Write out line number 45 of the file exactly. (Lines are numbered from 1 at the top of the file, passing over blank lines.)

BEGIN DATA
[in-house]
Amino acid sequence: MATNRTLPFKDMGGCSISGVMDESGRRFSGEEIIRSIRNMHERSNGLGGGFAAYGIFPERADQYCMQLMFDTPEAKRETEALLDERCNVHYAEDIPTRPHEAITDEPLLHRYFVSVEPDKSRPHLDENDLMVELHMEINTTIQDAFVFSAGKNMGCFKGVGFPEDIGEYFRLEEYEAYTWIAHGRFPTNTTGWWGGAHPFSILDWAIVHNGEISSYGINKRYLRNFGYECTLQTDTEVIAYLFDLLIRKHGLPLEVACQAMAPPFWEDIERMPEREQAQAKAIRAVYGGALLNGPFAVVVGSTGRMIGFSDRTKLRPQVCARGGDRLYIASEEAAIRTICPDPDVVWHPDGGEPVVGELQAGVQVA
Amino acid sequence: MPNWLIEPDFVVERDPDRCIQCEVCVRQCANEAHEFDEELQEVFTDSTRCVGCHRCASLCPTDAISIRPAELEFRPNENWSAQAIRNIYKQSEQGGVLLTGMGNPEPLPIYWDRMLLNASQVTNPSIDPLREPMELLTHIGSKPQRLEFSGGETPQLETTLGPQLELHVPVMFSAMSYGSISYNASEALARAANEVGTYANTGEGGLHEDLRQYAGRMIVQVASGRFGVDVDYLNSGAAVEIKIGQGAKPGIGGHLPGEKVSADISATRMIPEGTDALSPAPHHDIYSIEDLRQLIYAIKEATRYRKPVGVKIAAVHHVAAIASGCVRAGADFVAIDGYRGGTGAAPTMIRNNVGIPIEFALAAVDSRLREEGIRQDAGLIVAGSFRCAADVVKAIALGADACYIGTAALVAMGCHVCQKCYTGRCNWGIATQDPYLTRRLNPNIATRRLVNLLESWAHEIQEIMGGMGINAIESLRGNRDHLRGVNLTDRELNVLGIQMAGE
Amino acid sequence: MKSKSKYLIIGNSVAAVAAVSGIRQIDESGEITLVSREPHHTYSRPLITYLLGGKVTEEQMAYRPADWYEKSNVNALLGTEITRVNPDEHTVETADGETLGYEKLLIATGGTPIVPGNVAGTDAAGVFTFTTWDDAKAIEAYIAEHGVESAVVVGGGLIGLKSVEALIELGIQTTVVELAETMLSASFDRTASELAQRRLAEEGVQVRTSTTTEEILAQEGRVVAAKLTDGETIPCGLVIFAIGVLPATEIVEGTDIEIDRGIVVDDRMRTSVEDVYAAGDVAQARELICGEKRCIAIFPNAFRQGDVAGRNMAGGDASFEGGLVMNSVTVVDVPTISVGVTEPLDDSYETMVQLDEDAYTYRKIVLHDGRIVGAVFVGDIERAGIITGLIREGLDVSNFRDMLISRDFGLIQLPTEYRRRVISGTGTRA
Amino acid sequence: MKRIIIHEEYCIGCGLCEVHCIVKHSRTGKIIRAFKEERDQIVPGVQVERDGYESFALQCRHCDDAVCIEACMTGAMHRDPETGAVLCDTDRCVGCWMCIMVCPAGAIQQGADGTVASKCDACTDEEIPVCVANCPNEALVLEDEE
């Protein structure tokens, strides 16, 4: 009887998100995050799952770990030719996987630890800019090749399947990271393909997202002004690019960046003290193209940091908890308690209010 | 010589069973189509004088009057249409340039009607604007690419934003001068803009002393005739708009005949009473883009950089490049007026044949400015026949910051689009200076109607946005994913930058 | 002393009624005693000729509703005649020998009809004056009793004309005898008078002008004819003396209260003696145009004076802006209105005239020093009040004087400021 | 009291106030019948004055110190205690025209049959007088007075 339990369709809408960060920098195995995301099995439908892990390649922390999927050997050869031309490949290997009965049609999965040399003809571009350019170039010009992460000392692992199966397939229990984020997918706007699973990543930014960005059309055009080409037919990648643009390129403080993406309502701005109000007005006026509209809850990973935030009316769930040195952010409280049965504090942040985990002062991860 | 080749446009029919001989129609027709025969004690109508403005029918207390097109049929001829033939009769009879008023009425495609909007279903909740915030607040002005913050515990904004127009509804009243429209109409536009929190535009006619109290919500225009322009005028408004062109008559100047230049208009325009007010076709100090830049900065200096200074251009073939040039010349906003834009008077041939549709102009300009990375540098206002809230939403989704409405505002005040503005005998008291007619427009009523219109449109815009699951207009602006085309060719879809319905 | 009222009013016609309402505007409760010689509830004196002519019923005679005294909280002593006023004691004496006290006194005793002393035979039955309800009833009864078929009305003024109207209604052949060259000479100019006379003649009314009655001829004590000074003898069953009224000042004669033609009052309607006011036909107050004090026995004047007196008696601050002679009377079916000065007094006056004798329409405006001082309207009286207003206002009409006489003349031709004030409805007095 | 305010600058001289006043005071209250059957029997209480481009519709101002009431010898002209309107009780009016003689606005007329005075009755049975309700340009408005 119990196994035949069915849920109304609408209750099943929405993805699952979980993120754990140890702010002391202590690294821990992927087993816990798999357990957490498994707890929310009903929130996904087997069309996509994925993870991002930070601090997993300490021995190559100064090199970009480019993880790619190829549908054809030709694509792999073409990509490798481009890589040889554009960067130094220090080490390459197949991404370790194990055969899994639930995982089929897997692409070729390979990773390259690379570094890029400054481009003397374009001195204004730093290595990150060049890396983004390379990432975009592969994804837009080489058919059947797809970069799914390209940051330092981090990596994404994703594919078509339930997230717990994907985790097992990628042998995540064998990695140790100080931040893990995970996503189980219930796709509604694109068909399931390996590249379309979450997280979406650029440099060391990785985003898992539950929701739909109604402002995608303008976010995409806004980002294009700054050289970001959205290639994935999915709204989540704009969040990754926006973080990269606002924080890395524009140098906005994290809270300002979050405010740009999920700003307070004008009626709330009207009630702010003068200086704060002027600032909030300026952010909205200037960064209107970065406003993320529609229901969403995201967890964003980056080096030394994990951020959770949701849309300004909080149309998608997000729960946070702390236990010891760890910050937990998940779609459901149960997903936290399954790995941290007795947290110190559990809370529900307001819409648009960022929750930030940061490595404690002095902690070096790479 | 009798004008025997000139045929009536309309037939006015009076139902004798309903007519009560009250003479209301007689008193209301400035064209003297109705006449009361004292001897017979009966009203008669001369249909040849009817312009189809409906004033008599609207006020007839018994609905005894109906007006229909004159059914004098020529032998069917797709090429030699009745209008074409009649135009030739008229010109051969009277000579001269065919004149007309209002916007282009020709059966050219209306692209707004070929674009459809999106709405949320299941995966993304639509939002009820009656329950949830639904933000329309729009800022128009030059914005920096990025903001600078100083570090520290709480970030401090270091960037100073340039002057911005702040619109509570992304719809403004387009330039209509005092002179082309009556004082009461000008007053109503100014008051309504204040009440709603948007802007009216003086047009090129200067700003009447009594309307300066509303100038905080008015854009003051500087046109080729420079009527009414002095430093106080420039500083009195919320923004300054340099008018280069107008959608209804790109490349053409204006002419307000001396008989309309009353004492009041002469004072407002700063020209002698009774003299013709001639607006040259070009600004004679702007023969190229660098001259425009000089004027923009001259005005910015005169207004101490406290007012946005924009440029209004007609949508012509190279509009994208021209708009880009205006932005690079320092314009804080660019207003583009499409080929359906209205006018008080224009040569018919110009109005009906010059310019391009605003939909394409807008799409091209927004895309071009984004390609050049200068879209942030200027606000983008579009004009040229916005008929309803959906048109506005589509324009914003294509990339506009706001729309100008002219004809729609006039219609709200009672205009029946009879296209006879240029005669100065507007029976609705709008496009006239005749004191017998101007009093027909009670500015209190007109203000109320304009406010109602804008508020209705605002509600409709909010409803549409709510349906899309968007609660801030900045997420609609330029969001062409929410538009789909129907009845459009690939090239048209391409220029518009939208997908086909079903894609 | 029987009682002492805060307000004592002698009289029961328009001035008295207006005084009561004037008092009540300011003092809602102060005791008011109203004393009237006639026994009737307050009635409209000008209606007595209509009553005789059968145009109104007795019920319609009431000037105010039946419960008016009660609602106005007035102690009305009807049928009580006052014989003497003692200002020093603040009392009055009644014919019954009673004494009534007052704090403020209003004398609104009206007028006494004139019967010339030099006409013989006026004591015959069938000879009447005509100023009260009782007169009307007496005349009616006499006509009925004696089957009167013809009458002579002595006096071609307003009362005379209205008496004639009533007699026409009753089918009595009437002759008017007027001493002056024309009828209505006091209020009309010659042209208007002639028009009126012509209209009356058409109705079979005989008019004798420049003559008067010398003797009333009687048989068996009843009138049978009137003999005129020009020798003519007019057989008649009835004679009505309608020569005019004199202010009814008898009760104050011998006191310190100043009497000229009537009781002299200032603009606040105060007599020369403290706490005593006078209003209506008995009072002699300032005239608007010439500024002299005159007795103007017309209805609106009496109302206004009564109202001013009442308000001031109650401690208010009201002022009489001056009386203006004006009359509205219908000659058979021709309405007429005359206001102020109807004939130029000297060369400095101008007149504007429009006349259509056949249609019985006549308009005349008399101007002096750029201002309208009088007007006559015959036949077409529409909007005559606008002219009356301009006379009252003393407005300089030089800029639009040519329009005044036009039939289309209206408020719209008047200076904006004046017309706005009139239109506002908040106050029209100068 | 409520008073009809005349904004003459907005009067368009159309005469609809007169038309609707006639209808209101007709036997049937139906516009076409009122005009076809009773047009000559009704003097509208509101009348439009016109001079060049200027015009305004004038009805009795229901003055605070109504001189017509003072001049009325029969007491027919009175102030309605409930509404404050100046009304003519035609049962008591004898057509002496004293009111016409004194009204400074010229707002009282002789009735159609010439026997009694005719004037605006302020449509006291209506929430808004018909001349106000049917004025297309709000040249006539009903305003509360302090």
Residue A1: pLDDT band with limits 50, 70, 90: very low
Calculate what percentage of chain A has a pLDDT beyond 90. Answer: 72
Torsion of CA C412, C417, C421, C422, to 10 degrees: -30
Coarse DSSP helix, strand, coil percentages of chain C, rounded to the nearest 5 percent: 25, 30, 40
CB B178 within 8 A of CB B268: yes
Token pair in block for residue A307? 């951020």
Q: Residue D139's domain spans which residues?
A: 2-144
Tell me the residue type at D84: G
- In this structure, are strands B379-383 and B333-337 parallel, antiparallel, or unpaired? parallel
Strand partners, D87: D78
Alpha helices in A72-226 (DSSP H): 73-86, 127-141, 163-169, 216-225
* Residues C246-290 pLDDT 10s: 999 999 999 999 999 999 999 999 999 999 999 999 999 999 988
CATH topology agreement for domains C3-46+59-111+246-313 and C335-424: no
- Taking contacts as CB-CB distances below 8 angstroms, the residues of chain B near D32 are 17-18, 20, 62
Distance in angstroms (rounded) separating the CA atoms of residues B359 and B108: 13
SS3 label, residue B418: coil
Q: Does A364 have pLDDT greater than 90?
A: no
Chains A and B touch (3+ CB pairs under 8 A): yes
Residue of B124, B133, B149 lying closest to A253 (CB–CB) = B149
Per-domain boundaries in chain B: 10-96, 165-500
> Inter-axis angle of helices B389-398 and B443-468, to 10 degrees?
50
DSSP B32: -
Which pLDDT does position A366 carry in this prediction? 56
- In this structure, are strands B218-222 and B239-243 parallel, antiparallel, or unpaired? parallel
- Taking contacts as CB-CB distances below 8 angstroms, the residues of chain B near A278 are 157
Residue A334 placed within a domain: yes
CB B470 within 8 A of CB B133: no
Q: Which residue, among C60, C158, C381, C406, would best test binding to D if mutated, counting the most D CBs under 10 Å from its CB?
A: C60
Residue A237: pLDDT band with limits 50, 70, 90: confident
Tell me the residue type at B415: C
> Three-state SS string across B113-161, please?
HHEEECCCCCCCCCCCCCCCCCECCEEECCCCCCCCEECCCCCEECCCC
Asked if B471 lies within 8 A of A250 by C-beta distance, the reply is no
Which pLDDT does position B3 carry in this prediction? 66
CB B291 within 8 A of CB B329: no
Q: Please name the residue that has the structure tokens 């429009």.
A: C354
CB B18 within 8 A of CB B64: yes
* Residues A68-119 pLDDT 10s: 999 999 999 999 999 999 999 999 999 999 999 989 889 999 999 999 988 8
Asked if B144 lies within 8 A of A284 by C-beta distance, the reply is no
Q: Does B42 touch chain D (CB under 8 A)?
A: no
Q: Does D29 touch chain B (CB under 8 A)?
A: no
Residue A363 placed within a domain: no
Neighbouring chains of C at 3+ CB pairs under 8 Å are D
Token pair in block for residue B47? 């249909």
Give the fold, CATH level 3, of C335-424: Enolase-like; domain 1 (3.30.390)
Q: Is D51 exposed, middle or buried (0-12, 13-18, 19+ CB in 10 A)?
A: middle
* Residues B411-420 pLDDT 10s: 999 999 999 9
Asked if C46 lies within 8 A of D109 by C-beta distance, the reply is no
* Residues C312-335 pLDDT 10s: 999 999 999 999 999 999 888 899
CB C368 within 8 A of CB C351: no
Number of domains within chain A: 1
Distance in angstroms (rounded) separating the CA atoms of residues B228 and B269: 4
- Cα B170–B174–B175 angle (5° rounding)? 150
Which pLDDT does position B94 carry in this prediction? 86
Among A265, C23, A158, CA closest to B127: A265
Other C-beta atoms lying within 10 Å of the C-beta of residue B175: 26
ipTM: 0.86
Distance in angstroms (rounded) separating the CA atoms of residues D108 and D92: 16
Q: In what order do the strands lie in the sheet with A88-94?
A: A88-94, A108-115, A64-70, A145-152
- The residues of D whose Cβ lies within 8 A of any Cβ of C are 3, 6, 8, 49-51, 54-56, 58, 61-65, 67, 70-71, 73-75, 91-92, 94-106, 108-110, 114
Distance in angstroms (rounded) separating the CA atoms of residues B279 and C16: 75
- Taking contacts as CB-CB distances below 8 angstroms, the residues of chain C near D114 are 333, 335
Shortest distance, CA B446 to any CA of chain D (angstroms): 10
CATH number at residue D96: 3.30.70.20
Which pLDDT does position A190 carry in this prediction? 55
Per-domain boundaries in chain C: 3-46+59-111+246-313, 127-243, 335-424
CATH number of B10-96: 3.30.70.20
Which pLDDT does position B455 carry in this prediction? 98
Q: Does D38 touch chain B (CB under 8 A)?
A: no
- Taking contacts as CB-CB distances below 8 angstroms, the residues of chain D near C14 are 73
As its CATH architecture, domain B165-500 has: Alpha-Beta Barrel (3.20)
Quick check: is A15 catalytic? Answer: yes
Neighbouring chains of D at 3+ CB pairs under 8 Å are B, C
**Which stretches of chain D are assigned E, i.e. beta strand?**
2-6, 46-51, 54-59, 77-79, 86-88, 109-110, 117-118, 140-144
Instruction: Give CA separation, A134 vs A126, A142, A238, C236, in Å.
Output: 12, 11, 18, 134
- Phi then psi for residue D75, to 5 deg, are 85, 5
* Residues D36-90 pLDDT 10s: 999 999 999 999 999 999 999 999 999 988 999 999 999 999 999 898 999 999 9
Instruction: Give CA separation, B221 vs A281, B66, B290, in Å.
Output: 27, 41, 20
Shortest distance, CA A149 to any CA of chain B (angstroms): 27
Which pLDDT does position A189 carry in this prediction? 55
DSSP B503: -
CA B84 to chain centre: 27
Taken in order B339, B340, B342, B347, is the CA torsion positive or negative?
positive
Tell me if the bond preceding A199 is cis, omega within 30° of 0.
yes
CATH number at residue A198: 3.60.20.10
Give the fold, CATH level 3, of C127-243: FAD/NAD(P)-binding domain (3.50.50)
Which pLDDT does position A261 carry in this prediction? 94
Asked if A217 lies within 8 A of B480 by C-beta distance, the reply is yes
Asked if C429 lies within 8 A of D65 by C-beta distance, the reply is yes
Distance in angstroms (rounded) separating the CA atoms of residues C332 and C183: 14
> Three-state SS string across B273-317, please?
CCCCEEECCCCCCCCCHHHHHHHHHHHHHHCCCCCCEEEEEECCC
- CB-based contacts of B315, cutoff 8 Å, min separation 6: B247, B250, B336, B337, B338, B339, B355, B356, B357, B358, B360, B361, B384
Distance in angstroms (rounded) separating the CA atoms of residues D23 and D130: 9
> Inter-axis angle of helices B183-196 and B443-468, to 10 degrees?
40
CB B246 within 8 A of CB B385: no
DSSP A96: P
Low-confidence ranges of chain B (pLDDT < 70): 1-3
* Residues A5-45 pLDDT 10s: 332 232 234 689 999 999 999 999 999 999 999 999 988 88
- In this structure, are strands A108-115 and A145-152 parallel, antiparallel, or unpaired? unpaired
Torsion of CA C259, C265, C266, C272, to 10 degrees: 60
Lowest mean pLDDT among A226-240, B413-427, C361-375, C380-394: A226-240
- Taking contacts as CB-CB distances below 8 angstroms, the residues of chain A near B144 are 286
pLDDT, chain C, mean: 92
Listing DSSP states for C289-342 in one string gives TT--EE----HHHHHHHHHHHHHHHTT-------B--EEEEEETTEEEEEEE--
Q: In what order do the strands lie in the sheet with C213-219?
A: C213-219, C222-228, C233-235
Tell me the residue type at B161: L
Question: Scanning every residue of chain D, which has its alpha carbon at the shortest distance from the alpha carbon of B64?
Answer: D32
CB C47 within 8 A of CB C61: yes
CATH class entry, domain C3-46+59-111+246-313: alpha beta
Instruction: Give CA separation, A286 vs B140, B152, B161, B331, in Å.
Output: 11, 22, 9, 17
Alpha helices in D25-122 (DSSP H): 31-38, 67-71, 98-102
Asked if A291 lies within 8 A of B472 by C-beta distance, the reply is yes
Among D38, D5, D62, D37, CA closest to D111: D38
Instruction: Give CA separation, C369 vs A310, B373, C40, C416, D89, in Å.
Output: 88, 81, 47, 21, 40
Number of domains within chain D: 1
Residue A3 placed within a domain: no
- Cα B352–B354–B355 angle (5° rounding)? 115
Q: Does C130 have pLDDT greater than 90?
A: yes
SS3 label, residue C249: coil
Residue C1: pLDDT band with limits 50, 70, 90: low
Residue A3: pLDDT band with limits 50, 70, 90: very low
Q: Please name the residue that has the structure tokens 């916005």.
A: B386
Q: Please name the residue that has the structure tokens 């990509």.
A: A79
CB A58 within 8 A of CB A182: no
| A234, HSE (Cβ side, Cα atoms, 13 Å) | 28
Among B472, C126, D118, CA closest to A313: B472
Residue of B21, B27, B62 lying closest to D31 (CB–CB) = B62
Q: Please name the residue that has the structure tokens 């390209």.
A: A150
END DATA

CB B291 within 8 A of CB B329: no